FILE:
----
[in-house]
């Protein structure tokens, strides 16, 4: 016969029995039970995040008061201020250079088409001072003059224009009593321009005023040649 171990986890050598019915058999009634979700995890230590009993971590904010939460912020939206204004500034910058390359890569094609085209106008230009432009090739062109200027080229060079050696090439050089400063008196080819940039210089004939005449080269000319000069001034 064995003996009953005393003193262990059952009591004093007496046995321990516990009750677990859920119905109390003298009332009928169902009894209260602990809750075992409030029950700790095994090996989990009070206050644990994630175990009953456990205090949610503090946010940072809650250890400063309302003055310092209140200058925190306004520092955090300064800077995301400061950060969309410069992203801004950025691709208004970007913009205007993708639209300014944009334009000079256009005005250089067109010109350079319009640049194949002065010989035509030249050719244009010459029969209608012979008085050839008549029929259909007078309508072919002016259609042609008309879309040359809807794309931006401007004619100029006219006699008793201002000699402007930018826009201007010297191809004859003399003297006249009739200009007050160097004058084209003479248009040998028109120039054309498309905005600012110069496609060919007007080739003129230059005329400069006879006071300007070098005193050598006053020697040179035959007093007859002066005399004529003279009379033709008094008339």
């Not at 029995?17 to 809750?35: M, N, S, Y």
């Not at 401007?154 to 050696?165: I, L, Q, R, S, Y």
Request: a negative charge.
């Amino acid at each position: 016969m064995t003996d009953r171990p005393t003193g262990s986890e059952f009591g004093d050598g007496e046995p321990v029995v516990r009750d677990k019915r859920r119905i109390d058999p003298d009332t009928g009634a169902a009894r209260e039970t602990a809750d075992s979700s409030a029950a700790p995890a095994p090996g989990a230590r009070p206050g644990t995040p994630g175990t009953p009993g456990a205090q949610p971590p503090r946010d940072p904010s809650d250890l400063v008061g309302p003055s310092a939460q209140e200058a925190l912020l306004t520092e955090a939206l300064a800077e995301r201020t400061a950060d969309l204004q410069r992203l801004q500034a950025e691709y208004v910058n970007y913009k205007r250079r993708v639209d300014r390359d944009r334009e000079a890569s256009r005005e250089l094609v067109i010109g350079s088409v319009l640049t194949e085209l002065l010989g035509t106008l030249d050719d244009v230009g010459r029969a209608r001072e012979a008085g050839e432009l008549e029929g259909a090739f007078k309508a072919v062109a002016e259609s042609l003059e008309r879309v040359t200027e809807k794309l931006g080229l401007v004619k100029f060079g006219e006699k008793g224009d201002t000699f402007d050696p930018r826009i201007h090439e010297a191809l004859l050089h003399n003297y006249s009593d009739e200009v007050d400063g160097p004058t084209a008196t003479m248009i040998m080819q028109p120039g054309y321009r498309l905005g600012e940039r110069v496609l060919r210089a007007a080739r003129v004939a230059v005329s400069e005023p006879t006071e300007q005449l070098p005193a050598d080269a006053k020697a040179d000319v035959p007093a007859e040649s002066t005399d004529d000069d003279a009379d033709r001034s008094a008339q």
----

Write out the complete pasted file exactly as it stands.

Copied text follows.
[in-house]
């Protein structure tokens, strides 16, 4: 016969029995039970995040008061201020250079088409001072003059224009009593321009005023040649 171990986890050598019915058999009634979700995890230590009993971590904010939460912020939206204004500034910058390359890569094609085209106008230009432009090739062109200027080229060079050696090439050089400063008196080819940039210089004939005449080269000319000069001034 064995003996009953005393003193262990059952009591004093007496046995321990516990009750677990859920119905109390003298009332009928169902009894209260602990809750075992409030029950700790095994090996989990009070206050644990994630175990009953456990205090949610503090946010940072809650250890400063309302003055310092209140200058925190306004520092955090300064800077995301400061950060969309410069992203801004950025691709208004970007913009205007993708639209300014944009334009000079256009005005250089067109010109350079319009640049194949002065010989035509030249050719244009010459029969209608012979008085050839008549029929259909007078309508072919002016259609042609008309879309040359809807794309931006401007004619100029006219006699008793201002000699402007930018826009201007010297191809004859003399003297006249009739200009007050160097004058084209003479248009040998028109120039054309498309905005600012110069496609060919007007080739003129230059005329400069006879006071300007070098005193050598006053020697040179035959007093007859002066005399004529003279009379033709008094008339």
């Not at 029995?17 to 809750?35: M, N, S, Y």
């Not at 401007?154 to 050696?165: I, L, Q, R, S, Y």
Request: a negative charge.
């Amino acid at each position: 016969m064995t003996d009953r171990p005393t003193g262990s986890e059952f009591g004093d050598g007496e046995p321990v029995v516990r009750d677990k019915r859920r119905i109390d058999p003298d009332t009928g009634a169902a009894r209260e039970t602990a809750d075992s979700s409030a029950a700790p995890a095994p090996g989990a230590r009070p206050g644990t995040p994630g175990t009953p009993g456990a205090q949610p971590p503090r946010d940072p904010s809650d250890l400063v008061g309302p003055s310092a939460q209140e200058a925190l912020l306004t520092e955090a939206l300064a800077e995301r201020t400061a950060d969309l204004q410069r992203l801004q500034a950025e691709y208004v910058n970007y913009k205007r250079r993708v639209d300014r390359d944009r334009e000079a890569s256009r005005e250089l094609v067109i010109g350079s088409v319009l640049t194949e085209l002065l010989g035509t106008l030249d050719d244009v230009g010459r029969a209608r001072e012979a008085g050839e432009l008549e029929g259909a090739f007078k309508a072919v062109a002016e259609s042609l003059e008309r879309v040359t200027e809807k794309l931006g080229l401007v004619k100029f060079g006219e006699k008793g224009d201002t000699f402007d050696p930018r826009i201007h090439e010297a191809l004859l050089h003399n003297y006249s009593d009739e200009v007050d400063g160097p004058t084209a008196t003479m248009i040998m080819q028109p120039g054309y321009r498309l905005g600012e940039r110069v496609l060919r210089a007007a080739r003129v004939a230059v005329s400069e005023p006879t006071e300007q005449l070098p005193a050598d080269a006053k020697a040179d000319v035959p007093a007859e040649s002066t005399d004529d000069d003279a009379d033709r001034s008094a008339q």